By handing the governing Congress party a decisive victory, unshackled from the Communist party, Indians have created a chance to break a deadlock in negotiations on global commerce that foundered last year on a U.S.-Indian spat over farm trade.

The quantitative easing conundrum

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adriankidd2- Adrian Kidd is financial planner at Unleash Advice. He was voted 50th Most Influential IFA in the UK by Professional Adviser magazine 2008. The opinions expressed are his own.-

The Bank of England tells us that their 75 billion pound quantitative easing programme will start the banks lending again (despite the banks saying that they are already lending, this is not strictly true). The programme works by the Bank buying securities from the banks and then this money can be loaned to consumers. The question is, does and will this work? Is 75 billion pounds enough?

from The Great Debate:

Iran sanctions and wishful thinking

Bernd Debusmann - Great Debate
-- Bernd Debusmann is a Reuters columnist. The opinions expressed are his own --

So what's so difficult in getting Iran to drop its nuclear program? All it needs is a great American leader who uses sanctions to break the Iranian economy so badly that popular discontent sweeps away the leadership. It is replaced without a shot being fired.

from The Great Debate:

President Obama’s three percent solution

Jonathan Hoganson-- Jonathan R. Hoganson is the deputy executive director of the Technology CEO Council, a public policy advocacy group that includes the CEOs of Intel, HP, Dell, Applied Materials, EMC, Motorola, Micron Technology and IBM. He previously was the legislative director for Rep. Rahm Emanuel and policy director for the House Democratic Caucus. The views expressed are his own. --

A few years from now, when our economy has regained its stride, we may look back to a little-noticed announcement last Monday that spurred the resurgence. Amid swine-flu hysteria and First 100 Days hoopla, President Obama quietly announced a commitment to spending three percent of the U.S. GDP on science research and development.

A bet against Castro’s immortality

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REUTERS– Neil Collins is a Reuters columnist. The opinions expressed are his own –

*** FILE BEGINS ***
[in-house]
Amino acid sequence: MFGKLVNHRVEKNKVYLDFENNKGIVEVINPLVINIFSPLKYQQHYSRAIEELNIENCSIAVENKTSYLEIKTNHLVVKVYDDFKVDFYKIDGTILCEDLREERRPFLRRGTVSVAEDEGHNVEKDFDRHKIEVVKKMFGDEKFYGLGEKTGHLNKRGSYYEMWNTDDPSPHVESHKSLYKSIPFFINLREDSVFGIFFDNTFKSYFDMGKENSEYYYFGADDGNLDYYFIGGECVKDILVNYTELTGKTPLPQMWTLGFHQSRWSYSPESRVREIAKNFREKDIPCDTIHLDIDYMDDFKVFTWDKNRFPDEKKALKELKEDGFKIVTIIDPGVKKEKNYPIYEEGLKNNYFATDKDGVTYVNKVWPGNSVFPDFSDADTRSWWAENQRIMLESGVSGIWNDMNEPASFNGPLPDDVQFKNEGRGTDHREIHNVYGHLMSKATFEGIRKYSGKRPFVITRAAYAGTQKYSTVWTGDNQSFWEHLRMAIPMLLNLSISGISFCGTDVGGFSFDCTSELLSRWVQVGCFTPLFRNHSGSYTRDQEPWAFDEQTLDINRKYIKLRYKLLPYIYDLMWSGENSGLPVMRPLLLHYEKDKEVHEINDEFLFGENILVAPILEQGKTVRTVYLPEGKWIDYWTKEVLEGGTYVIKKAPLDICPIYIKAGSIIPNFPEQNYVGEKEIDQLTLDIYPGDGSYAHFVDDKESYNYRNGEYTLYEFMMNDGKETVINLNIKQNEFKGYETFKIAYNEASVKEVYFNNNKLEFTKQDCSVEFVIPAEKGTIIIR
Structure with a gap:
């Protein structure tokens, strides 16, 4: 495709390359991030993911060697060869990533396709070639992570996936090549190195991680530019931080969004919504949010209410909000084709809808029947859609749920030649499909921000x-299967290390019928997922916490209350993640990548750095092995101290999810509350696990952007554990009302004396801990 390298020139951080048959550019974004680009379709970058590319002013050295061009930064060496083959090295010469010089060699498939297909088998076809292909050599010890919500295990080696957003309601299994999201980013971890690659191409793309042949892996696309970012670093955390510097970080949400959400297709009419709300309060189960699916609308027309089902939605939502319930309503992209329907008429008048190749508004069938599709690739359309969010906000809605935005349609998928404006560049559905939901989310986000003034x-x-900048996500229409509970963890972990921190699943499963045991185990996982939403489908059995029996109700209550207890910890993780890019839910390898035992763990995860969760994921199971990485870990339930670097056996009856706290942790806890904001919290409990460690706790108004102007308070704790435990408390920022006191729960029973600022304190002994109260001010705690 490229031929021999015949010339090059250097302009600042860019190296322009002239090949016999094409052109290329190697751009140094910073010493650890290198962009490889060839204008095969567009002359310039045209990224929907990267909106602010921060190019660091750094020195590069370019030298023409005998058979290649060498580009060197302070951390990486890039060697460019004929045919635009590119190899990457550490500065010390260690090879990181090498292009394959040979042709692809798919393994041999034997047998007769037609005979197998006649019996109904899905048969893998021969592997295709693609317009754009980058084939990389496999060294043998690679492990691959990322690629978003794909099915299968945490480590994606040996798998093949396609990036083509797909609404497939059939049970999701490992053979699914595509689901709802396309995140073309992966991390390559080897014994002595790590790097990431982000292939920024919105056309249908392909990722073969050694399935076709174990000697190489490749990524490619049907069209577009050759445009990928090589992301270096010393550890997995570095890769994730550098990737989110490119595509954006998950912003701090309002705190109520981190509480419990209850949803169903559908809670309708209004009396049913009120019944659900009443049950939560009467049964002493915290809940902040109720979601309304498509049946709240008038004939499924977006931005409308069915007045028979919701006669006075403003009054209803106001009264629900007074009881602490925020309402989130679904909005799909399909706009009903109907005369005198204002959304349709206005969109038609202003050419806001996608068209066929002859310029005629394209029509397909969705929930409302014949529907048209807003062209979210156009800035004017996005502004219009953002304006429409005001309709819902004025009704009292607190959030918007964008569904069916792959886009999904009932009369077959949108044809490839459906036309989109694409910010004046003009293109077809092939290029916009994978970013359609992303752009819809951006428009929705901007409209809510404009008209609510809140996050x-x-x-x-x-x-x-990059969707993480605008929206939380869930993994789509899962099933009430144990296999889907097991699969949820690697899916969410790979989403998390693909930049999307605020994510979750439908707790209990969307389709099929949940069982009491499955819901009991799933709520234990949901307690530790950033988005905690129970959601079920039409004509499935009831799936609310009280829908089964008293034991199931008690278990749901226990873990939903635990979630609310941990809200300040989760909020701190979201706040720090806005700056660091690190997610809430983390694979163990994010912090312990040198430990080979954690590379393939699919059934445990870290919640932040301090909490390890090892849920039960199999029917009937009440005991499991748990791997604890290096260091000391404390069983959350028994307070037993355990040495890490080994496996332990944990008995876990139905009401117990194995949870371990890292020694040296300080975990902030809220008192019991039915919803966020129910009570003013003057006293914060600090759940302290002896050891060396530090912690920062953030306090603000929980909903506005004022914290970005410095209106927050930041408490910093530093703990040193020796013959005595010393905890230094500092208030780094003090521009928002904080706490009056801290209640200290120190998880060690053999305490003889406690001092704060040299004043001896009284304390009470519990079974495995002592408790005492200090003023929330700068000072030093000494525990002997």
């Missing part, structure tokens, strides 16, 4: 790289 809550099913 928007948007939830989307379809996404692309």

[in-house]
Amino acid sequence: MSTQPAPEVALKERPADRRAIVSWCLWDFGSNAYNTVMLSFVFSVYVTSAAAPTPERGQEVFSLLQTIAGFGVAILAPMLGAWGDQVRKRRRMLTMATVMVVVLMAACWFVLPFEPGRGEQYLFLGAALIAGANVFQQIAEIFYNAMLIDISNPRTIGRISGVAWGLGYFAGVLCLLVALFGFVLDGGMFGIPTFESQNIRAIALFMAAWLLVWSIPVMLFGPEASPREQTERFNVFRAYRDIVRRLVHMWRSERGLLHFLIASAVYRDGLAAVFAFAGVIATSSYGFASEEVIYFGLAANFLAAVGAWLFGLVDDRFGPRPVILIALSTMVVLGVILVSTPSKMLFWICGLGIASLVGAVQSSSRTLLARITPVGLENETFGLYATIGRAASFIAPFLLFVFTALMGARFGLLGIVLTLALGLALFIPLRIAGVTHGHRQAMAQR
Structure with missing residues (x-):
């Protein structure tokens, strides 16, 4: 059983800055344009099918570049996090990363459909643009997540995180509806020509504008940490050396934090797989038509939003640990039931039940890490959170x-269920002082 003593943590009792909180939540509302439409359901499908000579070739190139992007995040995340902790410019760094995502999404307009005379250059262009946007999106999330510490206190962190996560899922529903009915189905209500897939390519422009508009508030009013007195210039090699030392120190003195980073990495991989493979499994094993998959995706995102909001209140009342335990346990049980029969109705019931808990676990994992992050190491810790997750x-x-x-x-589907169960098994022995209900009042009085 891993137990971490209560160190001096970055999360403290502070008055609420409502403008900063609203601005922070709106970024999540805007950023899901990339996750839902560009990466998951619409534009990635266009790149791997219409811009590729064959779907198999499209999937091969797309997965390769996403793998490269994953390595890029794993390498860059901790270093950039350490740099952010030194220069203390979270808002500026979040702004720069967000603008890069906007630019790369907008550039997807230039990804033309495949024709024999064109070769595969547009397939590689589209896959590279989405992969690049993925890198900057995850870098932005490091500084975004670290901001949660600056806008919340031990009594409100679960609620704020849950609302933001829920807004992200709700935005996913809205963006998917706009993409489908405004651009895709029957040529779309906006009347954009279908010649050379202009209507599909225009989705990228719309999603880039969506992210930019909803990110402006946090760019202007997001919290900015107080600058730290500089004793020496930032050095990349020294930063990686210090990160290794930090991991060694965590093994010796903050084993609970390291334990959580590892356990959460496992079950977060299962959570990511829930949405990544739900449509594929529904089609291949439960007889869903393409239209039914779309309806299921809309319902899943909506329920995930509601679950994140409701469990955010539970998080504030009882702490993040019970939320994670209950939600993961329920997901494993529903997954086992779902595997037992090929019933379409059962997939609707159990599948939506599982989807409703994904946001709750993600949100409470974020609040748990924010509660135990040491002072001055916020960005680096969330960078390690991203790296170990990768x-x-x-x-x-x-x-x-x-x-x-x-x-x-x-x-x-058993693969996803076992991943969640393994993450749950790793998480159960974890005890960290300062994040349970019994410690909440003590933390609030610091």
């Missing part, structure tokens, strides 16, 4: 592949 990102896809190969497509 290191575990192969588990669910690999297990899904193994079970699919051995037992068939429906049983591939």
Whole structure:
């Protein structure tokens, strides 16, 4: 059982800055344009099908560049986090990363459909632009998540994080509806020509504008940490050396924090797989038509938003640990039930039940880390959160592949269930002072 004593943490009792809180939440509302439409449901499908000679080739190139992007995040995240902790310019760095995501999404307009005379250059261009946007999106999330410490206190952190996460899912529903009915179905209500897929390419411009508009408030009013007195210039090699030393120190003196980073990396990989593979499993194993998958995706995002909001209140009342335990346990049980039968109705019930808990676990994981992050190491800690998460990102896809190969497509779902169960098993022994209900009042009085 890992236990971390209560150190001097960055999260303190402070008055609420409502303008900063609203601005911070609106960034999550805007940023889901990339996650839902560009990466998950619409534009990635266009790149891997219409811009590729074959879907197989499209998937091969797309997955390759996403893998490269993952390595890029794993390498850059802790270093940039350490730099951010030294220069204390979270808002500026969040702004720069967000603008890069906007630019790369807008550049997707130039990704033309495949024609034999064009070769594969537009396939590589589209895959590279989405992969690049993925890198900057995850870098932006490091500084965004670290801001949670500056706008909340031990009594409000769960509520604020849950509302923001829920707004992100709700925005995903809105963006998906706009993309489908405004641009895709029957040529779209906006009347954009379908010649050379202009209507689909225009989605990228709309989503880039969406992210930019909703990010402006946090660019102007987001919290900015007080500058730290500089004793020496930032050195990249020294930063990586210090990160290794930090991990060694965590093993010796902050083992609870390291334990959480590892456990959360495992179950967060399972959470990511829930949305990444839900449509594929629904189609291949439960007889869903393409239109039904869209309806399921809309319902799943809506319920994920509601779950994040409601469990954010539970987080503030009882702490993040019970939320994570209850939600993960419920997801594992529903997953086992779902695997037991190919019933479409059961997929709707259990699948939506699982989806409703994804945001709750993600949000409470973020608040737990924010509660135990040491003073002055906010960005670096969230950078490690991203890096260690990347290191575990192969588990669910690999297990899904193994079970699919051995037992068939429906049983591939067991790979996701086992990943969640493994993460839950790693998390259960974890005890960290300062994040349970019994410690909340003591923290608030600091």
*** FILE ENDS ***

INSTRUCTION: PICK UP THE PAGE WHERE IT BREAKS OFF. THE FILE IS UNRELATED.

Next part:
LONDON, April 23 (Reuters) – “Practically everyone who follows Latin American events agrees that Castro’s end is near.” Thus one Laurence W Tuller, writing in 1994 in his manual on high-risk, high-reward investing. Defaulted Cuban government bonds had jumped on hopes of a settlement to allow the country back into the international capital markets.
Today, former leader Fidel Castro’s end is 15 years nearer, but he’s still there, albeit in semi-retirement, and holders of these pre-Castro bonds with a face value of around $200 billion are still waiting. Castro’s regime kept good records, but have paid no interest, and ignored redemption dates since his revolution half a century ago.
Few Americans can remember why their administration has been so beastly to Cuba for so long.
Those who can mostly live in Florida, a key swing state, and many risked everything to get out of Cuba. They do not want to see their investment devalued by hordes of their former compatriots simply walking off the Delta Airlines flight from Havana.
Last week U.S. President Barack Obama eased the squeeze somewhat. Americans can now visit Cuba, but only if they have relatives there.
This gesture has re-ignited the bondholders’ old hopes. Past settlements of defaulted sovereign bonds have tended to pay about half the total of accrued interest plus principal, so the buyers see plenty of upside.
Exotix, a specialist trader in “frontier markets”, says its price for a typical Cuban bond instrument has risen from around 9 cents on the dollar at the start of this month to 14 cents on April 23.
Mind you, the spread is wide, the market thin and as events crowd in on the President, he might feel there are more pressing problems than to risk upsetting those key-voting Floridian Cubans.